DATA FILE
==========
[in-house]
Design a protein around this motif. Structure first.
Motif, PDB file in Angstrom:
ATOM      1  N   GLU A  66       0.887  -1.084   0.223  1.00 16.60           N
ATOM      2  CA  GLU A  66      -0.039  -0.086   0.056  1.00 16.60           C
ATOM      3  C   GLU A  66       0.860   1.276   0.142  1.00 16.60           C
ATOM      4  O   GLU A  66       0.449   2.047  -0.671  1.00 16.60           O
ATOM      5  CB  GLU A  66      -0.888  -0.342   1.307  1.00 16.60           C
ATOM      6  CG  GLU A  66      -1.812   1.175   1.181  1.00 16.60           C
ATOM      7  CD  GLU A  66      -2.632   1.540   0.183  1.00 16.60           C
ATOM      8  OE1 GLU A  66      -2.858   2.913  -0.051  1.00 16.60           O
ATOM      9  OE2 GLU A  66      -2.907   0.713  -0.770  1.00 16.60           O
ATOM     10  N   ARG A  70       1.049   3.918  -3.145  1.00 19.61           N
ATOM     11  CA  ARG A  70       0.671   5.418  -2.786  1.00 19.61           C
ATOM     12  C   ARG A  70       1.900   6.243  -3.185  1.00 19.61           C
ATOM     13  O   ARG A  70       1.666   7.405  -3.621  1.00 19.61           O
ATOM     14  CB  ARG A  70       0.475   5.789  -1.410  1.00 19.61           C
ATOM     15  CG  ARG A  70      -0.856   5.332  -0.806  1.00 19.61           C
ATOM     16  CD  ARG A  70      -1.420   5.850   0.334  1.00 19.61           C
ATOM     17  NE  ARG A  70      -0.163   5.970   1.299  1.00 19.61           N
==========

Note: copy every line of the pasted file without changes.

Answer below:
[in-house]
Design a protein around this motif. Structure first.
Motif, PDB file in Angstrom:
ATOM      1  N   GLU A  66       0.887  -1.084   0.223  1.00 16.60           N
ATOM      2  CA  GLU A  66      -0.039  -0.086   0.056  1.00 16.60           C
ATOM      3  C   GLU A  66       0.860   1.276   0.142  1.00 16.60           C
ATOM      4  O   GLU A  66       0.449   2.047  -0.671  1.00 16.60           O
ATOM      5  CB  GLU A  66      -0.888  -0.342   1.307  1.00 16.60           C
ATOM      6  CG  GLU A  66      -1.812   1.175   1.181  1.00 16.60           C
ATOM      7  CD  GLU A  66      -2.632   1.540   0.183  1.00 16.60           C
ATOM      8  OE1 GLU A  66      -2.858   2.913  -0.051  1.00 16.60           O
ATOM      9  OE2 GLU A  66      -2.907   0.713  -0.770  1.00 16.60           O
ATOM     10  N   ARG A  70       1.049   3.918  -3.145  1.00 19.61           N
ATOM     11  CA  ARG A  70       0.671   5.418  -2.786  1.00 19.61           C
ATOM     12  C   ARG A  70       1.900   6.243  -3.185  1.00 19.61           C
ATOM     13  O   ARG A  70       1.666   7.405  -3.621  1.00 19.61           O
ATOM     14  CB  ARG A  70       0.475   5.789  -1.410  1.00 19.61           C
ATOM     15  CG  ARG A  70      -0.856   5.332  -0.806  1.00 19.61           C
ATOM     16  CD  ARG A  70      -1.420   5.850   0.334  1.00 19.61           C
ATOM     17  NE  ARG A  70      -0.163   5.970   1.299  1.00 19.61           N